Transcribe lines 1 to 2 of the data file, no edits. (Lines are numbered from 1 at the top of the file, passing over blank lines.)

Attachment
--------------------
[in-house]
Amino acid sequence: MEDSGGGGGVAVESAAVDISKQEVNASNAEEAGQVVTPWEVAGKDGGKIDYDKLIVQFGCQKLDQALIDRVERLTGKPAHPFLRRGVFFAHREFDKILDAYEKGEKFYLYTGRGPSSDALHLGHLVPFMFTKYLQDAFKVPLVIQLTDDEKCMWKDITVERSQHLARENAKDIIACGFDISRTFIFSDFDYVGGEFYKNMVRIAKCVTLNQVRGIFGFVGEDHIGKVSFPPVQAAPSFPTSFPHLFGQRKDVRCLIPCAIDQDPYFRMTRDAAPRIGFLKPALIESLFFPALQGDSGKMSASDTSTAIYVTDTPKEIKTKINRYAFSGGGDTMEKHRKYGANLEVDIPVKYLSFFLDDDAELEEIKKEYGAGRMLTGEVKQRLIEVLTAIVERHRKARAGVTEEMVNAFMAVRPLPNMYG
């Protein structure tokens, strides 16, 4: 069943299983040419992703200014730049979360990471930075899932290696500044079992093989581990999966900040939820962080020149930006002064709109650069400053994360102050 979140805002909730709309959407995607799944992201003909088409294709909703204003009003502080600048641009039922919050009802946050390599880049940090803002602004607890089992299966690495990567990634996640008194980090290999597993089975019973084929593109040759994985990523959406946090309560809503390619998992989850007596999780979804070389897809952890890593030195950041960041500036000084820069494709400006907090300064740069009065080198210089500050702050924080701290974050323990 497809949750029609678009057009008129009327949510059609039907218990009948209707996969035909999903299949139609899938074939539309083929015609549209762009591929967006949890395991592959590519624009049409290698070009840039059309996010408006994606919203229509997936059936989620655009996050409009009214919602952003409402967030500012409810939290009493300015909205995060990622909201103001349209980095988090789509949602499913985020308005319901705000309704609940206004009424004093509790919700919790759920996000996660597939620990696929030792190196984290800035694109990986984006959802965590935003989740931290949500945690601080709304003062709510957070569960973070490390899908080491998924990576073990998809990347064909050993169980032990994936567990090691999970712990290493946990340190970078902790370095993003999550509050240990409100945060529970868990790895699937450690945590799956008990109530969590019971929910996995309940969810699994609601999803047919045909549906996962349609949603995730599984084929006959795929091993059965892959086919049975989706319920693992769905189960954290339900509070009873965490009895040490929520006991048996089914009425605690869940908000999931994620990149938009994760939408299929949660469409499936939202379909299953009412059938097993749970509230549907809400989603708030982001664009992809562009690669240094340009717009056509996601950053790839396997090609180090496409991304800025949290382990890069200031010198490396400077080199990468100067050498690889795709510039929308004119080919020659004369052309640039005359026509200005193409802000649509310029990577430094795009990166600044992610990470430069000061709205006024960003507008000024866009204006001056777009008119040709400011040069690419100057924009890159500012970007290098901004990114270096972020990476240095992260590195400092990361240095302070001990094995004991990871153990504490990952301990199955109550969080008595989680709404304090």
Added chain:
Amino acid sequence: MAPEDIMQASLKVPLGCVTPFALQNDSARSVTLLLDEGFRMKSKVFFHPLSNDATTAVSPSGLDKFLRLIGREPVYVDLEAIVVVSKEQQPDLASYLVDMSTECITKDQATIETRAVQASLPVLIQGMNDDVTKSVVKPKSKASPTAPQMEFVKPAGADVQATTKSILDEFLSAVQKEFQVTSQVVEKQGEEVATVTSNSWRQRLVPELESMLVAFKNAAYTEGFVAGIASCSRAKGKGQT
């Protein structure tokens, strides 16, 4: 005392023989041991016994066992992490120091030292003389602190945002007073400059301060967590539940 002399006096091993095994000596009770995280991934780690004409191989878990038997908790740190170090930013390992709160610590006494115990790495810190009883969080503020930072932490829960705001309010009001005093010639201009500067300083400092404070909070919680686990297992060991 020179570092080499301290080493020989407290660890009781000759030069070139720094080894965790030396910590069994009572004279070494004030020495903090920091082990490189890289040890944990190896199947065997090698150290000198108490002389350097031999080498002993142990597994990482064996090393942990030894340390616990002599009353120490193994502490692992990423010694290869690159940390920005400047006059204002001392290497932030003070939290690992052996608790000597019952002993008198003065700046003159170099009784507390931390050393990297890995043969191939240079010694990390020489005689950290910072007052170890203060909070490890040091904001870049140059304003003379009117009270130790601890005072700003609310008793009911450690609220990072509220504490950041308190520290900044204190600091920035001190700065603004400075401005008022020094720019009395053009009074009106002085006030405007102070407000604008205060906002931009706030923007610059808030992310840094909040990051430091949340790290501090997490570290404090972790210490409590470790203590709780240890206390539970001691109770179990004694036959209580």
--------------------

[in-house]
Amino acid sequence: MEDSGGGGGVAVESAAVDISKQEVNASNAEEAGQVVTPWEVAGKDGGKIDYDKLIVQFGCQKLDQALIDRVERLTGKPAHPFLRRGVFFAHREFDKILDAYEKGEKFYLYTGRGPSSDALHLGHLVPFMFTKYLQDAFKVPLVIQLTDDEKCMWKDITVERSQHLARENAKDIIACGFDISRTFIFSDFDYVGGEFYKNMVRIAKCVTLNQVRGIFGFVGEDHIGKVSFPPVQAAPSFPTSFPHLFGQRKDVRCLIPCAIDQDPYFRMTRDAAPRIGFLKPALIESLFFPALQGDSGKMSASDTSTAIYVTDTPKEIKTKINRYAFSGGGDTMEKHRKYGANLEVDIPVKYLSFFLDDDAELEEIKKEYGAGRMLTGEVKQRLIEVLTAIVERHRKARAGVTEEMVNAFMAVRPLPNMYG